Indexed on: 10 Feb '13Published on: 10 Feb '13Published in: Social indicators research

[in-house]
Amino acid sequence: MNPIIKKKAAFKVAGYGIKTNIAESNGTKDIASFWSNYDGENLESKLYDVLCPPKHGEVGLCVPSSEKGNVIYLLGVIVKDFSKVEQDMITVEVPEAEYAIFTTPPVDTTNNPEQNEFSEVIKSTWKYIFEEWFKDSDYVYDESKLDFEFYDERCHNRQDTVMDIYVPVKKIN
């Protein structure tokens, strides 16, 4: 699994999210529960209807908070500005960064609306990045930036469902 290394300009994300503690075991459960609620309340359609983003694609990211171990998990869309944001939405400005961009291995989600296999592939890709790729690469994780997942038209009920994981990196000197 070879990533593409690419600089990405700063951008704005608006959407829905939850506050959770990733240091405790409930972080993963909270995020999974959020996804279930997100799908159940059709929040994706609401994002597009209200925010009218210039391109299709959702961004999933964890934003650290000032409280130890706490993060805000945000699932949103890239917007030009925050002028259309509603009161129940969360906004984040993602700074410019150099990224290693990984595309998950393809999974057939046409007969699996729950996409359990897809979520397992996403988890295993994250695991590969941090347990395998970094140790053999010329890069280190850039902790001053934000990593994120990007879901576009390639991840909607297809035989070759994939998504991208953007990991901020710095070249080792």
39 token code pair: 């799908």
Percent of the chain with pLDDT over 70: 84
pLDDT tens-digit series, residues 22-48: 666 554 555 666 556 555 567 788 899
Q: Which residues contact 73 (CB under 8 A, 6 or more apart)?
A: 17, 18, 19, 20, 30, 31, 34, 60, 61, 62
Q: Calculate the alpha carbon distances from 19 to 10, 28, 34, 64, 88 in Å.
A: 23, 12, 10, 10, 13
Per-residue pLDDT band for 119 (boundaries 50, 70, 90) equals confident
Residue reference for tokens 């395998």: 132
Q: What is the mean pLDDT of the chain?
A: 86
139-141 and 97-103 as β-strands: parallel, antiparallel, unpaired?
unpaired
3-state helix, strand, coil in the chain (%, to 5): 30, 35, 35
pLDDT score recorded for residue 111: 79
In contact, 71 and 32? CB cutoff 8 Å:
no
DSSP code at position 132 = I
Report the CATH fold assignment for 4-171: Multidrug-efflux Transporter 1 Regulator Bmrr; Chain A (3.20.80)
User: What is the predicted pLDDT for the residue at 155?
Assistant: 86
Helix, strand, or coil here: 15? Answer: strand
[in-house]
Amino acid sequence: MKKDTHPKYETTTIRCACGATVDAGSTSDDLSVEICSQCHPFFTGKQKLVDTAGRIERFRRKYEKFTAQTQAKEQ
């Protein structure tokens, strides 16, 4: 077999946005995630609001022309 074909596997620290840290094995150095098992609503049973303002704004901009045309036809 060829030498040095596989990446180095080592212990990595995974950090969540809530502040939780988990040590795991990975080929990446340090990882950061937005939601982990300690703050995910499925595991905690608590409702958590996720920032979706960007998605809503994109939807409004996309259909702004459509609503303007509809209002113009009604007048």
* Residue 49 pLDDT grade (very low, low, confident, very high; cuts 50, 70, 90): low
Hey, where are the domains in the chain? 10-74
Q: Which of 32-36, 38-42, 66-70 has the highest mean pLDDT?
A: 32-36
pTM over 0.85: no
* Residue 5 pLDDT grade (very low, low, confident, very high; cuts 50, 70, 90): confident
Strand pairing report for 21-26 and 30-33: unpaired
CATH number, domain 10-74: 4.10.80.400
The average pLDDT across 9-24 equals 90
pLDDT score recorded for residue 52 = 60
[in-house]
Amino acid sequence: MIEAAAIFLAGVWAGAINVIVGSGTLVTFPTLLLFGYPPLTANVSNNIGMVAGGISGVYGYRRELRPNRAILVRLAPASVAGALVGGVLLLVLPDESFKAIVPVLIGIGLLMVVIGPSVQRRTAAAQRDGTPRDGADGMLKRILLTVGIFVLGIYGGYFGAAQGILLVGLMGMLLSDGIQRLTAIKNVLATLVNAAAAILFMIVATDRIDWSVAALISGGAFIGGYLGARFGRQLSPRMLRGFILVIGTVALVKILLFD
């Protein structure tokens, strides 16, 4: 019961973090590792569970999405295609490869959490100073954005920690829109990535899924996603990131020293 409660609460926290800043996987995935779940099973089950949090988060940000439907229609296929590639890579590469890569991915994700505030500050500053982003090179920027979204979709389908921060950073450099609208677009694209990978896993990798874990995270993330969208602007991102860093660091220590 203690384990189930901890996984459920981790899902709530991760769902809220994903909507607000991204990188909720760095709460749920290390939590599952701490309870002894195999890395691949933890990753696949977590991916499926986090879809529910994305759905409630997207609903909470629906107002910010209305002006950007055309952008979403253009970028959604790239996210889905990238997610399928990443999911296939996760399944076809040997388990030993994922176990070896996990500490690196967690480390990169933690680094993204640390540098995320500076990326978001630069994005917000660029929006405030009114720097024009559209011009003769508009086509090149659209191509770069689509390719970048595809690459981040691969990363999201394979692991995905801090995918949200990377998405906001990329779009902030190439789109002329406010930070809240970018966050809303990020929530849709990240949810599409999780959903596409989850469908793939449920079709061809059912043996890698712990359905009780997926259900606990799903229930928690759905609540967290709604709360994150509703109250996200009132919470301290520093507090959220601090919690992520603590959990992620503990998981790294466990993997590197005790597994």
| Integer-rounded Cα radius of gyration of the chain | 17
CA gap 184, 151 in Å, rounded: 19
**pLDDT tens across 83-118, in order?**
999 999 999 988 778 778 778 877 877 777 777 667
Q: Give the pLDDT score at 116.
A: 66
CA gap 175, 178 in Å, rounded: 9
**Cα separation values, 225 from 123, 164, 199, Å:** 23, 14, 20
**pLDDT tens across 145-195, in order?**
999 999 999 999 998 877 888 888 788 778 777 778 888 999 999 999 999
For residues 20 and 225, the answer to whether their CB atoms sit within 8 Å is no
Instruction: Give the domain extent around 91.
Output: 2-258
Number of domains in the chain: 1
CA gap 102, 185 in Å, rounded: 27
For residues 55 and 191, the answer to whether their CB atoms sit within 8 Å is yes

Using the consumption expenditure data, National Sample Survey, 2009–2010, this paper test the hypothesis that the monthly per capita household health spending of elderly households is significantly higher than non-elderly households in India. The households are classified into three mutually exclusive groups; households with only elderly members (elderly households), households with elderly and non-elderly members and households without any elderly member. The health spending include the institutional (hospitalization) and non-institutional health expenditure of the households, standardized for 30 days. Descriptive statistics and a two part model are used to understand the differentials in health expenditures across households. Results indicate that the monthly per capita health spending increases with economic status, occupation, age and educational attainment of the head of the household. The monthly per capita health spending of elderly households is 3.8 times higher than that of non-elderly households. While the health spending accounts 13 % of total consumption expenditure for elderly households, it was 7 % among households with elderly and non-elderly members, and 5 % among non-elderly households. Controlling for socio-economic and demographic correlates, the per-capita household health spending among elderly households and among household with elderly and non-elderly members was significantly higher than non-elderly households. The health expenditure is catastrophic for poorer households, casual labourer and households with elderly members. Based on the finding we suggest to increased access to health insurance and public spending on geriatric care to reduce the out-of-pocket expenditure on health care in India.